126

I performed the following search on Bing:

stackoverflow input string not in a correct format site:stackoverflow.com

and got some useful links, with some not so useful summaries:

Bad summaries

I did the same search on Google and that one seems to be working OK, but Bing hasn't had this problem before (and it doesn't seem to affect all questions). Of course; it could be an issue with Bing's code but wanted to put this up in case its something SO changed.

1

Subsequent layout updates resolved this - tidying up meta and marking this as completed :)

79

As mentioned above, this is likely happening because the cookie banner is one of the very first textual elements in the HTML ordering.

Another solution would be to wrap the cookie banner in an iframe and then set the robots.txt to block access to the iframe.

<body>
  <iframe src="/path/to/cookie/iframe">
  The rest of the content goes here!
</body>

and in robots.txt you would disallow /path/to/cookie/iframe

I strongly disagree that this is Bing's fault BTW – as content owners of the page, it's up to you to help put semantic information first so that everyone (screen readers, crawlers etc) get the best experience.

  • 55
    Didn't even think of screen readers. Hearing that text over and over again as the first thing on the page would drive me nuts. – BradleyDotNET Jul 25 '18 at 19:09
  • 18
    That last paragraph 100%. This is basic webmastering. – Lightness Races in Orbit Jul 26 '18 at 0:42
  • 23
    I bet users of screen readers are super-annoyed by GDPR yada-yada. – bendodge Jul 26 '18 at 2:06
  • 10
    @bendodge, aren't we all super-annoyed by GDPR yada-yada?! – Shaggy Jul 27 '18 at 0:13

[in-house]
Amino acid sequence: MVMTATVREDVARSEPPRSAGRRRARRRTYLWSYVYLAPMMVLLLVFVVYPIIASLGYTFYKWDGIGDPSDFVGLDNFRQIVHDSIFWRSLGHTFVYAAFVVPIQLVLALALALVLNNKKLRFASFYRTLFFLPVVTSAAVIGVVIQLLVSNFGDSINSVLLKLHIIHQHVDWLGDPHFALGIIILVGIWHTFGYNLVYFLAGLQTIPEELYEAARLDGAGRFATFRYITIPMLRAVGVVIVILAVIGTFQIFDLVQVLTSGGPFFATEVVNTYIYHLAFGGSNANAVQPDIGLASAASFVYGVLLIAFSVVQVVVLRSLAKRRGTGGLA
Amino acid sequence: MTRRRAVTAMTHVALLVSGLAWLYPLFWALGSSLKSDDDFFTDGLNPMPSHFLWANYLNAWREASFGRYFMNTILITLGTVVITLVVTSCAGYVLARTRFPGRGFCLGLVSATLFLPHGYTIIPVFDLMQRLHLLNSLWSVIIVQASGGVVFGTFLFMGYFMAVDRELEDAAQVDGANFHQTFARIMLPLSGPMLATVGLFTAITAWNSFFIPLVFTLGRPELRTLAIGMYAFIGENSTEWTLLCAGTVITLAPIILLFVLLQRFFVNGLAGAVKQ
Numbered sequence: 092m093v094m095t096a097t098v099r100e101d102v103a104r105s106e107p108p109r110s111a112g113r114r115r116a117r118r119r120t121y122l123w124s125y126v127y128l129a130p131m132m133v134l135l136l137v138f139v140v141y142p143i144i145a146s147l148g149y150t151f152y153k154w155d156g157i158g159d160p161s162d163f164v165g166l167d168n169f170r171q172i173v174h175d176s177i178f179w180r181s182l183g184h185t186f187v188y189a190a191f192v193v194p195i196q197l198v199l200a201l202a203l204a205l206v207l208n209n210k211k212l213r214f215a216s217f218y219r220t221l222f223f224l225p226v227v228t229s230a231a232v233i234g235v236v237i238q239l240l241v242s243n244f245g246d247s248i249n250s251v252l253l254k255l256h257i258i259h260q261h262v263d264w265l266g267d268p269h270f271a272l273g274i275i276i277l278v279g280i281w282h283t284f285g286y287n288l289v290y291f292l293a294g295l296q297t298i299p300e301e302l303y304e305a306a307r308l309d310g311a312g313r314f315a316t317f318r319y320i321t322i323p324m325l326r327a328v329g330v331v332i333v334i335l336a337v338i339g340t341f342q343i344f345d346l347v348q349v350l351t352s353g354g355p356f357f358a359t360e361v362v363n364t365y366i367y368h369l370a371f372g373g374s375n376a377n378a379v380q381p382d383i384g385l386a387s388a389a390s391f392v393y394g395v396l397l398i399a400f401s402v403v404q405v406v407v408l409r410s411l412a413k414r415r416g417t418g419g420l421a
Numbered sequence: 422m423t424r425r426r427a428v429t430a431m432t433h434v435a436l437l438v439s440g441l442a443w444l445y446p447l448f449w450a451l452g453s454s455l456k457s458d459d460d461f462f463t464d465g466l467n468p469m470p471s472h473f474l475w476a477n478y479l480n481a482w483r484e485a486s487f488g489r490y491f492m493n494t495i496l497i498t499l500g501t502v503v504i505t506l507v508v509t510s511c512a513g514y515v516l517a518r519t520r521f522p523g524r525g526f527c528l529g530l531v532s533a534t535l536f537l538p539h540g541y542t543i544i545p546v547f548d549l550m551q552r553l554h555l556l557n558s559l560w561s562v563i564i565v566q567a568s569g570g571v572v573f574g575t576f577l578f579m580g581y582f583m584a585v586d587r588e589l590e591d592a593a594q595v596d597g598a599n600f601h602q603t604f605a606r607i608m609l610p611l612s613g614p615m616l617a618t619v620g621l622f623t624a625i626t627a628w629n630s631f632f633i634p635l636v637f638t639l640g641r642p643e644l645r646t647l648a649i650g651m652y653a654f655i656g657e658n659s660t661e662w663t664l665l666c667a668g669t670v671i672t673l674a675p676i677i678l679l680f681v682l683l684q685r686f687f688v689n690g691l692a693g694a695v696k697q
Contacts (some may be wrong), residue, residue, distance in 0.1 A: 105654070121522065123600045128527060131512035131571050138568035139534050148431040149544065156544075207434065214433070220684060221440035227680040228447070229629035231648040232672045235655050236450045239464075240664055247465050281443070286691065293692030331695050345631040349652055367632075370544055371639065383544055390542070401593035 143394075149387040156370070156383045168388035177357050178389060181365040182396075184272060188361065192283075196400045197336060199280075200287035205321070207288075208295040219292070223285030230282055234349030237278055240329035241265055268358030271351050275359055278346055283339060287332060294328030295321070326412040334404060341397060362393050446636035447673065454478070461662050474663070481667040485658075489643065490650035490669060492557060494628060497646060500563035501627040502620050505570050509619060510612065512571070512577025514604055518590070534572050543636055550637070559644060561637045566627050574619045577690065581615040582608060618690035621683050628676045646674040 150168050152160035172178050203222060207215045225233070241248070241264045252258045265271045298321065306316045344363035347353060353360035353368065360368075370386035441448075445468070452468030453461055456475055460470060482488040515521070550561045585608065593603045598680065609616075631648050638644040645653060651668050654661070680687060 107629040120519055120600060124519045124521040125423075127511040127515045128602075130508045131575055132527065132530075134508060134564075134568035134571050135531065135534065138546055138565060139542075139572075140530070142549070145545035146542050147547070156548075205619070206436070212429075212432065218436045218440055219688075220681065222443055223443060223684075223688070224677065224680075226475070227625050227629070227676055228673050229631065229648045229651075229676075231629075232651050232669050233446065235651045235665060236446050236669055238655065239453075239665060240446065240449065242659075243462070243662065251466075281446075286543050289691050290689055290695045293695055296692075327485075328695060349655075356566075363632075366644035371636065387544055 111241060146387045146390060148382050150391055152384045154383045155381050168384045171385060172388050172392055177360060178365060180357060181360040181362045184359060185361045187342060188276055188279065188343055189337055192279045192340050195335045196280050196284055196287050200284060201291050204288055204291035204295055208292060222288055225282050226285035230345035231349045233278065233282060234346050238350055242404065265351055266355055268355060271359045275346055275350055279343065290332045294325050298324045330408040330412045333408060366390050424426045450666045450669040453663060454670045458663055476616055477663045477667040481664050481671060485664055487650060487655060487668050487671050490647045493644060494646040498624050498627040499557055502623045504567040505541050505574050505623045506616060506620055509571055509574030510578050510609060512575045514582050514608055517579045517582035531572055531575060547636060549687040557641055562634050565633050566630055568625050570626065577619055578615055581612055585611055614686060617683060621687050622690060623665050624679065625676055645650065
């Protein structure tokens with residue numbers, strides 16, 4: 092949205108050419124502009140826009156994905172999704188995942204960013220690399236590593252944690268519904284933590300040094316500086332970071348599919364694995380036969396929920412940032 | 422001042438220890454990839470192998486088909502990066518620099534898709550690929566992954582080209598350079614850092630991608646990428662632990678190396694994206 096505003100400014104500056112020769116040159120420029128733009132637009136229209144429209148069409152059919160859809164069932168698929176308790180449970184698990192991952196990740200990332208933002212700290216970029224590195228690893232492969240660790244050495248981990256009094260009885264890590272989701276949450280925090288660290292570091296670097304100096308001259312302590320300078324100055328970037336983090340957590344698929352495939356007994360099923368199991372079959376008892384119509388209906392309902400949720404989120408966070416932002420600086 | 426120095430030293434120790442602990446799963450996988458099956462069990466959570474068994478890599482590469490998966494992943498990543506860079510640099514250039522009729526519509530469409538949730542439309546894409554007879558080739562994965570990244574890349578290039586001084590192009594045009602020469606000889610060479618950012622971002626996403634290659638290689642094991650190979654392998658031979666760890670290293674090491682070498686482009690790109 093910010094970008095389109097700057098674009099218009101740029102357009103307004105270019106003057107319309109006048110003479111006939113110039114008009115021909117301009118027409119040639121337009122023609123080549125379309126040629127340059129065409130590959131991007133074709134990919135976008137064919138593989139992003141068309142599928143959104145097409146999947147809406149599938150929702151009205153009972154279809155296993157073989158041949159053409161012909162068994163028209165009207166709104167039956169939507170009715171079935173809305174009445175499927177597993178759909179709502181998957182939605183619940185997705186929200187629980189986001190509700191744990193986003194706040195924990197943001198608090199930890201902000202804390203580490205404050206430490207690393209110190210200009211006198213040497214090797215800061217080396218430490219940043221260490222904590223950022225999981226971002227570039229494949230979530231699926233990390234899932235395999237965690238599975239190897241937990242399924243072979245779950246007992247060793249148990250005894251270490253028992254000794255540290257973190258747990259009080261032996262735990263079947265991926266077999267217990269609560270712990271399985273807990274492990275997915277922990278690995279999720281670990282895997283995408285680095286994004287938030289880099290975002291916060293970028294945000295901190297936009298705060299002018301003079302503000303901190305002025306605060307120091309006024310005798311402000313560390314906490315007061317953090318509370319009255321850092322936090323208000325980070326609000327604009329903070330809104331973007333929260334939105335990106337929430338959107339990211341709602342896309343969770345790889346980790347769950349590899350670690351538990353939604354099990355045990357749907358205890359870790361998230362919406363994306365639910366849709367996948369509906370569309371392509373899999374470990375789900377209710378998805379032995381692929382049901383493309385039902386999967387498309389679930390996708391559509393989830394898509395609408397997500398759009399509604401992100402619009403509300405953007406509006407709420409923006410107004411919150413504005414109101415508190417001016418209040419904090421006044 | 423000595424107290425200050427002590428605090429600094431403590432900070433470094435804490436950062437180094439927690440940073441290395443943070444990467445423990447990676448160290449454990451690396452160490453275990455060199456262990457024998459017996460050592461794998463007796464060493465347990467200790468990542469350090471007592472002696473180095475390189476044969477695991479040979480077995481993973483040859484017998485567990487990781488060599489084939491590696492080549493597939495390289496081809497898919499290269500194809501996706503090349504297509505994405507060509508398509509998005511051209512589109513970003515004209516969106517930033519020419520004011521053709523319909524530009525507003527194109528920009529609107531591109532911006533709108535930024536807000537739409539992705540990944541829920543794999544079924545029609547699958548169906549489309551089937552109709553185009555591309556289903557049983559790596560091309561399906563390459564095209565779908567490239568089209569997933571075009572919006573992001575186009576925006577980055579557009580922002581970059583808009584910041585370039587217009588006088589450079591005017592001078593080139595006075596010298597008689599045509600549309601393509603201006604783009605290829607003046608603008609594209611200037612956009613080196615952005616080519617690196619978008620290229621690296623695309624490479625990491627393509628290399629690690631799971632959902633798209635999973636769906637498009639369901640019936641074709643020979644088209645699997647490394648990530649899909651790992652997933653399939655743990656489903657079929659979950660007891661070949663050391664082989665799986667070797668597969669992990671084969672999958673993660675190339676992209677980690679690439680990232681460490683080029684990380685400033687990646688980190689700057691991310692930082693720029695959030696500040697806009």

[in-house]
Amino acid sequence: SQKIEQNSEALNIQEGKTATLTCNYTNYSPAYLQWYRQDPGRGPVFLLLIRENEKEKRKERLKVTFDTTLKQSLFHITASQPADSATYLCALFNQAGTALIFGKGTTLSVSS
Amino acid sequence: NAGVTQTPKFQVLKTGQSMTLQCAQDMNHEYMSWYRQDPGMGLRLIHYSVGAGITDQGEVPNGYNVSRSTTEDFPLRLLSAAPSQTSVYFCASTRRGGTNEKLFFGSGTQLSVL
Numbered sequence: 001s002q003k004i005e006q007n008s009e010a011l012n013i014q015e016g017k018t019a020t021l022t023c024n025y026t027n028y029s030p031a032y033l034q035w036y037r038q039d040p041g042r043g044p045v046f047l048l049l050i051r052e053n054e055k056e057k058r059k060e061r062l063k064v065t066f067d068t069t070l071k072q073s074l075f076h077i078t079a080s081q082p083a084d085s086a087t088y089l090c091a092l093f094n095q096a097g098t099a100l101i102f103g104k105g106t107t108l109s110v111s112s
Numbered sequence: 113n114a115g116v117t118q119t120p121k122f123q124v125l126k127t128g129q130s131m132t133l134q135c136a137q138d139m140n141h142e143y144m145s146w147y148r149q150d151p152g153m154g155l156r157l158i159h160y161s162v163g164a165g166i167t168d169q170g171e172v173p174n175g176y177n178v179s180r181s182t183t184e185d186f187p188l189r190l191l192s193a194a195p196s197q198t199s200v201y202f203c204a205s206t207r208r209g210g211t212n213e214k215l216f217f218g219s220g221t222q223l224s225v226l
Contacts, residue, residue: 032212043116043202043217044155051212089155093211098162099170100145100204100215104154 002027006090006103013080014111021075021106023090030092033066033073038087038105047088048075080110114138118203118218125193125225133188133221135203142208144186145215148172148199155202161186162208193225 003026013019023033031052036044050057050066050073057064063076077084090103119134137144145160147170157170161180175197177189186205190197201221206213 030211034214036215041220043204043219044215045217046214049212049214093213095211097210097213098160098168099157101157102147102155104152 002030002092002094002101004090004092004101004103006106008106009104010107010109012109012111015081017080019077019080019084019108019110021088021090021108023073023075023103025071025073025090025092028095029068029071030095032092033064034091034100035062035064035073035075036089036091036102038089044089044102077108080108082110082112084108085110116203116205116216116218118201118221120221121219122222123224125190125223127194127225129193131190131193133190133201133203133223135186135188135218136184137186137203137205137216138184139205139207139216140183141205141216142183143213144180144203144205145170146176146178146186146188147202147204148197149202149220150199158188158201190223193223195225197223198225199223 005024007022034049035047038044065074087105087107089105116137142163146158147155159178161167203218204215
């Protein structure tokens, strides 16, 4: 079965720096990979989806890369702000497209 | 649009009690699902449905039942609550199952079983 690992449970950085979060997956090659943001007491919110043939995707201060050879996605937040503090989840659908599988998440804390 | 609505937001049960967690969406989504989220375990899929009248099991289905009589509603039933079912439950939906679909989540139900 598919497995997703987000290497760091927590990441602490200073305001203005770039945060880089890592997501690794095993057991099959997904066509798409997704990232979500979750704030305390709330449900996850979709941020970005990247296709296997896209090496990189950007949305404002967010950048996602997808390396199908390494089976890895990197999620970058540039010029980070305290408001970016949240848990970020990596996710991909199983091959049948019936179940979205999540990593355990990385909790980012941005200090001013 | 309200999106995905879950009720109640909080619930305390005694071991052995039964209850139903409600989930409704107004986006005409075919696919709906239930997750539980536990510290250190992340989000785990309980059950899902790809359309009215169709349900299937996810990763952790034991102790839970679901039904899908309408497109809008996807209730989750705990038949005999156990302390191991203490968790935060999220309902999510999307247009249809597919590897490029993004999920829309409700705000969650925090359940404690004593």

• The problem of putting the frame last is, that you want to assume that reading it is binding consent (I doubt it, but that's off topic), so you need to put it at a prominent place. – allo Jul 27 '18 at 7:59
8

This unfortunately appears to mostly be by design.

The biggest part of it is that "stackoverflow" is one of your search terms and the summary is trying to highlight parts of the page with your search terms. Omitting either stackoverflow or site:stackoverflow.com seems to help Bing figure out that you aren't looking for pages about Stack Overflow but pages on Stack Overflow.

This is surprisingly hard to experiment with because of what appears to be aggressive caching on Bing's part. E.g., if I drop all references to Stack Overflow, I'll still get pages from Stack Overflow with "Stack Overflow" bolded like it was a search term.

We may look at moving some content around and watching if it improves things, but some of it would be difficult. For example, it's finding content that's in one of the topbar's display:none dialogs. That both is hard to move because of the way that pages are constructed and upsetting to me because it means Bing is ignoring CSS.

  • 5
    Maybe send them a support inquiry about that last part? It seems to make them vulnerable to some blackhat SEO techniques. – Jeffrey Bosboom Jul 27 '18 at 6:27
  • There is a "feedback" button somewhere on the page. I'd start with that. – n0rd Jul 28 '18 at 17:40

You must log in to answer this question.

Not the answer you're looking for? Browse other questions tagged .